A while ago I wrote an update regarding the whole rheumatoid arthritis situation and mentioned that my rheumatologist wanted me to get some MRI scans done of my feet and hands (where most of my pain and jointinflammation is) to get a better idea of what was really happening in there. My X-rays always come back “clean” (as in, no joint damage) but clearly something is going on so we are hoping that a deeper look via MRI scans would do the trick.
My appointments were originally scheduled for the end of December (yeeeeeey free health care!), however I was lucky enough to get some last minute cancellation spots this past Thursday at St. Michael’s so away I went. I won’t lie to you, I was pretty nervous. I was originally supposed to go for one 90 minute appointment and then come back a few hours later for another 30 minute one. When my rheumatologist gave me the referal, when I originally received my appointment times, and when the receptionist called to ask about the possibility of me coming in on Thursday I was asked “are you claustorphobic?” to which I always, albeit with diminishing certainty, replied “no”. However, mere hours away from my appointment I started to freak out and so I did the most ridiculous thing you could do in this situation, I consulted the internet.
Although I was innocently looking for tips about the process, and first-hand reassuring stories that the MRI process is a piece of cake, I instead found message board after message board of posts along the lines of “HELP! I tried doing an MRI, had to hit the panic button and have not been the same ever since…” or “An MRI machine killed my family…” … you know how it goes. So, as shakey as ever, I left work and made my way to the hospital.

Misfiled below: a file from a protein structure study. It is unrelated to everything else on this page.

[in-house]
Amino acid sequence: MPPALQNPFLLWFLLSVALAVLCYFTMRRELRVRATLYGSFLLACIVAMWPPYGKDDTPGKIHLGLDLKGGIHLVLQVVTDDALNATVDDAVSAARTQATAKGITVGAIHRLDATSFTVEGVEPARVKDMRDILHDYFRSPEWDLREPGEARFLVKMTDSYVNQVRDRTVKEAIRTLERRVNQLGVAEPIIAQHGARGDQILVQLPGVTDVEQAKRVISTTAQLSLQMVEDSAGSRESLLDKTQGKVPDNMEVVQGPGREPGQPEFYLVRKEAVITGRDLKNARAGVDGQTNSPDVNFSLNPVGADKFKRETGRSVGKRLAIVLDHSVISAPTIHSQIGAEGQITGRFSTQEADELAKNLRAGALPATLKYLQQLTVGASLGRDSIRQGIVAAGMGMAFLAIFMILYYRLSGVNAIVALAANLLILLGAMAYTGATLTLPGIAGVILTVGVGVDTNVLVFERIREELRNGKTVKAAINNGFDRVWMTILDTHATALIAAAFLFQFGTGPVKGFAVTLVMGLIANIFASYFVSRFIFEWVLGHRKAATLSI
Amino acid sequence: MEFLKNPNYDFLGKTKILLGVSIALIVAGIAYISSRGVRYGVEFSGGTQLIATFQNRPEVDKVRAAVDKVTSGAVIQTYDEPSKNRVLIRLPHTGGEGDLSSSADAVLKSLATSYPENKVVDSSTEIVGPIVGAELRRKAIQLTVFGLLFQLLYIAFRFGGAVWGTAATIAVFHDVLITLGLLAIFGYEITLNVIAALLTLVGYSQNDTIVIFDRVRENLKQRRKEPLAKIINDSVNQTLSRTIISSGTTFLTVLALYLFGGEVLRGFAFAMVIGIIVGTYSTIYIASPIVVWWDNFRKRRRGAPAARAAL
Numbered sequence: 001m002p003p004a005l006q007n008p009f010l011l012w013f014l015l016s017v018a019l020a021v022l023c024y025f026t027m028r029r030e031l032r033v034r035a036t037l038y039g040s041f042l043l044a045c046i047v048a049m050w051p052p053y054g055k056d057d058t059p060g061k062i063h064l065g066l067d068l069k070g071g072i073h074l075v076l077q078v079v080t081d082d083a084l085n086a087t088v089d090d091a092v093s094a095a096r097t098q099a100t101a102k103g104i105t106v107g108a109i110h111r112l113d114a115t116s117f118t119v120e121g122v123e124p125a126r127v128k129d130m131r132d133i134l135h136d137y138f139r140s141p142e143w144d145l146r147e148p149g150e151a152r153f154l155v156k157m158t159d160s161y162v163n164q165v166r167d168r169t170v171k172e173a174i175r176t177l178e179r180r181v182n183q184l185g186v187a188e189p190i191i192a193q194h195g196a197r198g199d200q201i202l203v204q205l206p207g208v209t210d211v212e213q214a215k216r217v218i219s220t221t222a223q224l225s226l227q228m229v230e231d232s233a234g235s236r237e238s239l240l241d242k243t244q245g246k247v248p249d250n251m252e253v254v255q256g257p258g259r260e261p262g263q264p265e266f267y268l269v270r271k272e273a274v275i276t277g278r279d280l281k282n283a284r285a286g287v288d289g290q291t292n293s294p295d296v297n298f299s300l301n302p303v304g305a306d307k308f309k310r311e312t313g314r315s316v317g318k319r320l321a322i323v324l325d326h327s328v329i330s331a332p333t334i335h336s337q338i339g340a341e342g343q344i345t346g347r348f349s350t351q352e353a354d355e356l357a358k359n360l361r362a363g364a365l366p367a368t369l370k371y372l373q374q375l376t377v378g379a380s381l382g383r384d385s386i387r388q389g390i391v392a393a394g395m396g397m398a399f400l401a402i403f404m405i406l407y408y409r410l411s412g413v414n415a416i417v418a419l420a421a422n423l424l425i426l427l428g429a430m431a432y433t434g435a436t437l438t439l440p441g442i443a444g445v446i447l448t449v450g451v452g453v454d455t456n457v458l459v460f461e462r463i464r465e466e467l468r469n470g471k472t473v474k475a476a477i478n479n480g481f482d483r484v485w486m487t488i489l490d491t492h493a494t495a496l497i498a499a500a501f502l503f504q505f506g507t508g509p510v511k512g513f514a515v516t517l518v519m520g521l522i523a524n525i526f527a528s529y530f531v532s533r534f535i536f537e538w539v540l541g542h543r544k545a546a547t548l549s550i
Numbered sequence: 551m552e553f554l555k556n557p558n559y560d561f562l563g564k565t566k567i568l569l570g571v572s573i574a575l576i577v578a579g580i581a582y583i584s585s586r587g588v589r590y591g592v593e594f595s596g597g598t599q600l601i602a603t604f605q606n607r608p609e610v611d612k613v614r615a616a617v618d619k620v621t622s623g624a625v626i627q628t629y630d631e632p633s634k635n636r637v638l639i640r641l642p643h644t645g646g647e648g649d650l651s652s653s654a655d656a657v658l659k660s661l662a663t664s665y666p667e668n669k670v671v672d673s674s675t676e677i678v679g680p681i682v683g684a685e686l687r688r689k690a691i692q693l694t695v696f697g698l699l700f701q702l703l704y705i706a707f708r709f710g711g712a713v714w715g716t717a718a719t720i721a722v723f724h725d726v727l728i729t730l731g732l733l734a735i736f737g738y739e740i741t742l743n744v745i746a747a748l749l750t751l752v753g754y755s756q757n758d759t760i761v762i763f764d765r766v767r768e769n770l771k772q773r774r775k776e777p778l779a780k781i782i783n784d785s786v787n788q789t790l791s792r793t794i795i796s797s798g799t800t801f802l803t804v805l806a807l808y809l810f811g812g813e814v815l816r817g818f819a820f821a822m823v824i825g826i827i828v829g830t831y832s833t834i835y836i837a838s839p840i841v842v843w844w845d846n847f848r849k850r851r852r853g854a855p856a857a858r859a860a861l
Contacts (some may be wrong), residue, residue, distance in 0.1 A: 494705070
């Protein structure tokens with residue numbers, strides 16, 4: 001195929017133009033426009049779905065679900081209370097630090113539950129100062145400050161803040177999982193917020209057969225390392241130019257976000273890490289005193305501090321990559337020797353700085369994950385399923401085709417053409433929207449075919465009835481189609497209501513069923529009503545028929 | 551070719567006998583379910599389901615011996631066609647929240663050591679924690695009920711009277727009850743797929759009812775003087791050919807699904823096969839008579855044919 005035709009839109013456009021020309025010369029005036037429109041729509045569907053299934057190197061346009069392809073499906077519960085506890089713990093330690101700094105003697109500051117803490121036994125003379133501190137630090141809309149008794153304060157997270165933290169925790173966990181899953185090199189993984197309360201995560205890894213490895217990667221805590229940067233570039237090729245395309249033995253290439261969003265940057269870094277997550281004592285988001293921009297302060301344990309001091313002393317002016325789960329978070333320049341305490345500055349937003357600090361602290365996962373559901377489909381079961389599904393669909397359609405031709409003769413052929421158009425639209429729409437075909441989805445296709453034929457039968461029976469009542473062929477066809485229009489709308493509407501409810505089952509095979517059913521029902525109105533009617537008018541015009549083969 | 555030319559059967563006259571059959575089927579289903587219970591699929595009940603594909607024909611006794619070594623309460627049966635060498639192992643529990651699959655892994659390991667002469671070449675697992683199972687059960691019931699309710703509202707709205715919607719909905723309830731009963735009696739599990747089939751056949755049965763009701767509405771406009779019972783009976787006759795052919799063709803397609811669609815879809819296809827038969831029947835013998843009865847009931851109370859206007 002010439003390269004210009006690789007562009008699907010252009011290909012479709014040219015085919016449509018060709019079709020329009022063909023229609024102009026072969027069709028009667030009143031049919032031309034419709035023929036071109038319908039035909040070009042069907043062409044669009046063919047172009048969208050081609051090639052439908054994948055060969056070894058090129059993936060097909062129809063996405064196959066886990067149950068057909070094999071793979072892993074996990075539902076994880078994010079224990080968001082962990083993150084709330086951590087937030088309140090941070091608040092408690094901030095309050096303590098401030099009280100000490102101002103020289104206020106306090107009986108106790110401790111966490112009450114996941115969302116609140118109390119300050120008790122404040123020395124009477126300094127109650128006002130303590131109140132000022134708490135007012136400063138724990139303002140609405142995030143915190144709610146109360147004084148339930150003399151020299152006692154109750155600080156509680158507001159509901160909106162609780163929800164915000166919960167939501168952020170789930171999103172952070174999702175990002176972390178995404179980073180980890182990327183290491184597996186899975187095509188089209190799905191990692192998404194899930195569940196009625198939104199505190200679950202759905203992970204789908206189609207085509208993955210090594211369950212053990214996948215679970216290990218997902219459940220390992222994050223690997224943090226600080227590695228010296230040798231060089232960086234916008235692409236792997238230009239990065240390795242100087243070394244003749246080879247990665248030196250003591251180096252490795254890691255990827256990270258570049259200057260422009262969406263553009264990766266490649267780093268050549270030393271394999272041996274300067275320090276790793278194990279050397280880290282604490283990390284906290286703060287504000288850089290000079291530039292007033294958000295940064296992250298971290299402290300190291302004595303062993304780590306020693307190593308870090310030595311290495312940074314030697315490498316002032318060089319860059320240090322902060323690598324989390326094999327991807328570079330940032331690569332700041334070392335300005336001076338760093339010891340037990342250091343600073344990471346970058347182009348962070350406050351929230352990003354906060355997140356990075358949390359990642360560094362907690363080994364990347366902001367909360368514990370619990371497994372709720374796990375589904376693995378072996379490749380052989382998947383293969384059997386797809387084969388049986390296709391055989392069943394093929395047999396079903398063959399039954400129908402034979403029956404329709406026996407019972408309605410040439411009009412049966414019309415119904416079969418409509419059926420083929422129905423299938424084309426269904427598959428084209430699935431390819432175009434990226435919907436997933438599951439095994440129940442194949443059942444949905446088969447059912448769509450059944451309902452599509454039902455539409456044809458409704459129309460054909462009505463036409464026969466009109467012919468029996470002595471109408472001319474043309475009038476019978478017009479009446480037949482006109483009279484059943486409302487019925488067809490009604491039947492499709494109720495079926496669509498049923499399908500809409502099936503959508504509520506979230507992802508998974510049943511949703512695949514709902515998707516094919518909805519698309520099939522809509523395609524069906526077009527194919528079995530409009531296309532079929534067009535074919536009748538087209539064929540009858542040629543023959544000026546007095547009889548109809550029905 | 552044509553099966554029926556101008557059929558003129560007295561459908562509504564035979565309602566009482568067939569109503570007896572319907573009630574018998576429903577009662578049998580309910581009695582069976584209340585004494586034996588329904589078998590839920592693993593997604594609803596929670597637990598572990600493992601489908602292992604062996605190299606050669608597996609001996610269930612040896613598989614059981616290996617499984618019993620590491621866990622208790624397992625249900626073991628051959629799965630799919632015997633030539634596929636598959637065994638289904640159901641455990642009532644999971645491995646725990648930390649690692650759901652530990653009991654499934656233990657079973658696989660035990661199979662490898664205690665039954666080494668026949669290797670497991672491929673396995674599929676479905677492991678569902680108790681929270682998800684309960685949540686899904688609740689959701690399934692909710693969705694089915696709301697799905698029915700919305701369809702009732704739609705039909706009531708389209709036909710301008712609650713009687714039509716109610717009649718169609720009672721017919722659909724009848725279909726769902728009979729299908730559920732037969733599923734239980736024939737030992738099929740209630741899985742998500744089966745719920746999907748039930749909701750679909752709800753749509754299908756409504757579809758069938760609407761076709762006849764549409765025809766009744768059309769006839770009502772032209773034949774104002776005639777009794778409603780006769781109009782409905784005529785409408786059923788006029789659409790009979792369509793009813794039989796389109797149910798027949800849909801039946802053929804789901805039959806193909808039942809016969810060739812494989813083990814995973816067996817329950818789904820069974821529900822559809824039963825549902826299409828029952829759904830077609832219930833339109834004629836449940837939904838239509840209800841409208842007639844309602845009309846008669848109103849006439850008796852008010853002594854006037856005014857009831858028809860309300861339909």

Upon arrival I got lost in some sketchy basements for about 30 minutes (that is why you should always try to arrive early) I found the MRI department and checked in. I suppose I expected a bit more hand-holding but it was all business…put on some gowns and hang out in the waiting room. I asked the receptionist if he thought I would be there for the full 90 minutes and all he said was “just try to hold still…that will cut down the time”. Eeep.
After waiting for a few minutes, I was up. I folowed the technician behind some scary looking doors with some scary looking warning signs and enetered one of the rooms with the “beast”. This is the actual model the hospital had…heh…Philips…
But you have to picture it in the middle of a cold and somewhat dimly lit room. Kind of intimidating. My feet were first, one a time, starting with my right. I lay on my back, my foot went into a crazy contraption, got weighted down so I could not move it and in I went. For the feet I was only in the machine from my feet to about chest level but it was still a very unsettling experience. 30 minutes later, the other foot. 30 minutes after that I layed on my stomach, with my hand extended in front and went head first into the machine. I am extremely grateful that they did my feet first because it let me get used to the whole idea of not moving while all this craziness was going on around me for 30 minutes at a time. Actually, by the time we did my second foot I was able to block out the noise (although the ear plugs they provide helped!) and kind of fall in and out of a light sleep. By the time we did my hands (they snuck my second hand in to the appointment so that I did not have to come back later that night) I was pretty comfy and did not mind the process at all. My body got kind of cramped up from not being able to move but really, not that bad overall. And now I wait for a few weeks for results. Cross your fingers ya’ll!
Things I learned from my MRI experience:
- Those machines be loud man! Very very loud! Sound like lasers, machine guns, etc…depending on the stage of the process.
- MRI machines do NOT, I repeat, DO NOT give you superhuman strength. I was kind of hoping for a Magneto type of superpower. Nope.